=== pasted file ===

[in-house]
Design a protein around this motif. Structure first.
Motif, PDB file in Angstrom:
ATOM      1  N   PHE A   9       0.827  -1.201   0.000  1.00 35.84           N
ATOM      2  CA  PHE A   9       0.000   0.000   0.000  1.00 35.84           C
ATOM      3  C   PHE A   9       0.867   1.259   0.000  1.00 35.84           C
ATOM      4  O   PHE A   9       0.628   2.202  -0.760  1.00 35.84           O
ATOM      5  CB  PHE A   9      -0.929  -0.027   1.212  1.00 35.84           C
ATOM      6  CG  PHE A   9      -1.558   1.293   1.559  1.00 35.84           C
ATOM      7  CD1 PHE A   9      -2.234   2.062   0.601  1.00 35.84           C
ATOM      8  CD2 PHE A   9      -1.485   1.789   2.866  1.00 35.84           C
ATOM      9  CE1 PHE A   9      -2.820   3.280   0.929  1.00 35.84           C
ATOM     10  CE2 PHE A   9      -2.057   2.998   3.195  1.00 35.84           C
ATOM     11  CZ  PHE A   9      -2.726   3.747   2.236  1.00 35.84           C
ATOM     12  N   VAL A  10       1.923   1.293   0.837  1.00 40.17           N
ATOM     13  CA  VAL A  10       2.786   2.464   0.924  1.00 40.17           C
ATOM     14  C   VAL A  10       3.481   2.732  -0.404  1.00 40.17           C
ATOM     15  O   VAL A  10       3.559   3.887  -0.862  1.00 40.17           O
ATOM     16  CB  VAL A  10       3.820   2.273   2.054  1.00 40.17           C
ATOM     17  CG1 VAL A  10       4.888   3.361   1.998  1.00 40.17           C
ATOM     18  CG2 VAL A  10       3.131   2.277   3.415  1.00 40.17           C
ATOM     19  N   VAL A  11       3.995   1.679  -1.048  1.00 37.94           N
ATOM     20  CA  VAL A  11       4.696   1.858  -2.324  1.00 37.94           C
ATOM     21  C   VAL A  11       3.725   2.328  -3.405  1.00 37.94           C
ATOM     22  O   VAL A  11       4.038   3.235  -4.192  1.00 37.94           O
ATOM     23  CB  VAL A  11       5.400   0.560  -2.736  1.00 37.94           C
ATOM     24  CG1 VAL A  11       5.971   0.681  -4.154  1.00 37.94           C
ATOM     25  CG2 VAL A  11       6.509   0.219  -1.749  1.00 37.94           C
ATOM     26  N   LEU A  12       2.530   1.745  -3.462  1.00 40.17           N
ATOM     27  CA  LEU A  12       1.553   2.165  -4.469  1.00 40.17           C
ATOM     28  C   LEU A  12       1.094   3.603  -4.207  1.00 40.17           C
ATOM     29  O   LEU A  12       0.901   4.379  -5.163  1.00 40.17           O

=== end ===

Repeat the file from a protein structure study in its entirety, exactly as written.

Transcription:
[in-house]
Design a protein around this motif. Structure first.
Motif, PDB file in Angstrom:
ATOM      1  N   PHE A   9       0.827  -1.201   0.000  1.00 35.84           N
ATOM      2  CA  PHE A   9       0.000   0.000   0.000  1.00 35.84           C
ATOM      3  C   PHE A   9       0.867   1.259   0.000  1.00 35.84           C
ATOM      4  O   PHE A   9       0.628   2.202  -0.760  1.00 35.84           O
ATOM      5  CB  PHE A   9      -0.929  -0.027   1.212  1.00 35.84           C
ATOM      6  CG  PHE A   9      -1.558   1.293   1.559  1.00 35.84           C
ATOM      7  CD1 PHE A   9      -2.234   2.062   0.601  1.00 35.84           C
ATOM      8  CD2 PHE A   9      -1.485   1.789   2.866  1.00 35.84           C
ATOM      9  CE1 PHE A   9      -2.820   3.280   0.929  1.00 35.84           C
ATOM     10  CE2 PHE A   9      -2.057   2.998   3.195  1.00 35.84           C
ATOM     11  CZ  PHE A   9      -2.726   3.747   2.236  1.00 35.84           C
ATOM     12  N   VAL A  10       1.923   1.293   0.837  1.00 40.17           N
ATOM     13  CA  VAL A  10       2.786   2.464   0.924  1.00 40.17           C
ATOM     14  C   VAL A  10       3.481   2.732  -0.404  1.00 40.17           C
ATOM     15  O   VAL A  10       3.559   3.887  -0.862  1.00 40.17           O
ATOM     16  CB  VAL A  10       3.820   2.273   2.054  1.00 40.17           C
ATOM     17  CG1 VAL A  10       4.888   3.361   1.998  1.00 40.17           C
ATOM     18  CG2 VAL A  10       3.131   2.277   3.415  1.00 40.17           C
ATOM     19  N   VAL A  11       3.995   1.679  -1.048  1.00 37.94           N
ATOM     20  CA  VAL A  11       4.696   1.858  -2.324  1.00 37.94           C
ATOM     21  C   VAL A  11       3.725   2.328  -3.405  1.00 37.94           C
ATOM     22  O   VAL A  11       4.038   3.235  -4.192  1.00 37.94           O
ATOM     23  CB  VAL A  11       5.400   0.560  -2.736  1.00 37.94           C
ATOM     24  CG1 VAL A  11       5.971   0.681  -4.154  1.00 37.94           C
ATOM     25  CG2 VAL A  11       6.509   0.219  -1.749  1.00 37.94           C
ATOM     26  N   LEU A  12       2.530   1.745  -3.462  1.00 40.17           N
ATOM     27  CA  LEU A  12       1.553   2.165  -4.469  1.00 40.17           C
ATOM     28  C   LEU A  12       1.094   3.603  -4.207  1.00 40.17           C
ATOM     29  O   LEU A  12       0.901   4.379  -5.163  1.00 40.17           O